“Occupational therapy allows you to open your eyes to the little things in your everyday life that we take for granted,” says 2018 South University, Richmond Associate of Applied Science (AAS) in Occupational Therapy Assistant (OTA) graduate Kylie Moore. “For example, putting on a shirt seems easy, but what about when you lose range of motion in your dominant arm and can no longer use that to put on your shirt?”
As a Licensed and Certified Occupational Therapy Assistant (COTA/L) and the Director of Rehabilitation at a skilled nursing facility in Virginia, Kylie applies her expertise to assist patients in adapting to physical or cognitive changes and limitations. Her work includes teaching patients compensatory techniques that help them complete the regular activities of daily living, like putting on a shirt or brushing their teeth.
As a Director of Rehabilitation, Kylie spends around half her time treating patients and the other half on administrative tasks like meetings and scheduling. For example, Kylie starts every morning by meeting with the facility’s Director of Nursing, charge nurses, Medical Doctors, and social workers. She then meets with individuals who have been newly admitted to the facility and works with her fellow department heads to create individualized plans of care for each person. Once all new admissions have been welcomed, she treats her caseload and, later in the day, works on scheduling for each therapist.
Kylie decided to study occupational therapy assisting after shadowing occupational therapy professionals in an inpatient rehab facility. “I knew that it would be a job that I would never get tired of since every individual has their own plan of care,” Kylie explains. “I chose South University because I fell in love with the campus when I first visited.”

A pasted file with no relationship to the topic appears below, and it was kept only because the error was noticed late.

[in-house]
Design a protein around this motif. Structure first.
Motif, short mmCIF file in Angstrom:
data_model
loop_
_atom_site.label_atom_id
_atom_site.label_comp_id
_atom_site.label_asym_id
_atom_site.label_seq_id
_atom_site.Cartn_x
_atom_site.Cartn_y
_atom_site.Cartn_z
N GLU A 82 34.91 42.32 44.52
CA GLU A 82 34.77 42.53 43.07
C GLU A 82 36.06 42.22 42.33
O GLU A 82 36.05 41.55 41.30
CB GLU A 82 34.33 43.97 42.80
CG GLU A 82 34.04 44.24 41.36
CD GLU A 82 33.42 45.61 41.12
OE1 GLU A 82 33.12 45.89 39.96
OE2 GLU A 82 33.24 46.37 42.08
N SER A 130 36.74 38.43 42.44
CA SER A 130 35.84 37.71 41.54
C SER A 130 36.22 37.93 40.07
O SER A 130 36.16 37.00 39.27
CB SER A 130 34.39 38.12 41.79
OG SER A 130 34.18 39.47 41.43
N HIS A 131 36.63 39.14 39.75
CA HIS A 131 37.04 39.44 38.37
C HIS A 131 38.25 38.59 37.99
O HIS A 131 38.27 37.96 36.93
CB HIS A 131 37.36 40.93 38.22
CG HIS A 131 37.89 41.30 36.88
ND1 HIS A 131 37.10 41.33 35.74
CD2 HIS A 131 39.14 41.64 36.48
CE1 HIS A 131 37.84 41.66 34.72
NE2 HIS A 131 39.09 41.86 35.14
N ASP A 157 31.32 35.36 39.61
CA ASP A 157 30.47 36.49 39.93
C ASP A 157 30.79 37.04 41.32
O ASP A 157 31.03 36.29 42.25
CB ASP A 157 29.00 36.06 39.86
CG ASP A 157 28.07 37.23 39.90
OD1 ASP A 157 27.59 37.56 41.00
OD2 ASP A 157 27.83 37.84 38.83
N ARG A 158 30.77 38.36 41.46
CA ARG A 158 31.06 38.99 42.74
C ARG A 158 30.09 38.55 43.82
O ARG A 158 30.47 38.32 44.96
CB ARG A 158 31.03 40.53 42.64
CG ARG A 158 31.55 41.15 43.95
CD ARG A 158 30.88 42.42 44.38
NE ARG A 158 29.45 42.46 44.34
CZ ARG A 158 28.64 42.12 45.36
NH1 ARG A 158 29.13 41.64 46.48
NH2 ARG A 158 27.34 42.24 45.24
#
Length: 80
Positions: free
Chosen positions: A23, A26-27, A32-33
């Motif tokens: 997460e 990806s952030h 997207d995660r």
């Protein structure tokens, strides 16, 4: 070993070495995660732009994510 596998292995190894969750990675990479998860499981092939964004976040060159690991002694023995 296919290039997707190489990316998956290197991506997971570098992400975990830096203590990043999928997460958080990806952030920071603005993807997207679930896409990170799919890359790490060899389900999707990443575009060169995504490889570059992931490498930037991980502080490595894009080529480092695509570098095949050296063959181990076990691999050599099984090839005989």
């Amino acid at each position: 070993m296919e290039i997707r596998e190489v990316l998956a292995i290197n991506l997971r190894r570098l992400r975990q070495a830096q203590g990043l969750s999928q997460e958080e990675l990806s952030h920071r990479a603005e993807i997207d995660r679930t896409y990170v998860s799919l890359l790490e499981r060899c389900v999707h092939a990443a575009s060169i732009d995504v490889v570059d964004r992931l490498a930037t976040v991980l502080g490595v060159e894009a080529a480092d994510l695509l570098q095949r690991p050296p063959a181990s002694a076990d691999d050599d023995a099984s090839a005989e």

Kylie, who already had a bachelor’s degree in exercise science from another university, completed her AAS in OTA degree at South University in under 2 years. After graduating in 2018, she was hired as a part-time OTA working under close supervision at the skilled nursing facility where she had completed her OTA program’s level II fieldwork. Two months later, she passed the National Board of Certification in Occupational Therapy exam on her first try. Soon after, she was hired as a full-time COTA/L at that same facility and, in early 2020, she was promoted to the Director of Rehabilitation. Kylie also works as needed at an inpatient rehab facility on the weekends.
One practice that has helped her succeed as an OTA professional is putting herself in her patients’ shoes. “That is the best way for me to truly understand what my patient is going through and it also helps me build a good rapport,” she says. “Once your patients trust you and feel comfortable with you, the treatment sessions become easier and natural for both you and the patient.”
Today, Kylie stays connected to South University in several ways. “South University staff have impacted me by continuing to reach out, motivate me, and show interest in my life after graduating from the program,” she shares. Kylie also works as a Fieldwork Level II educator for the South University, Richmond OTA program.
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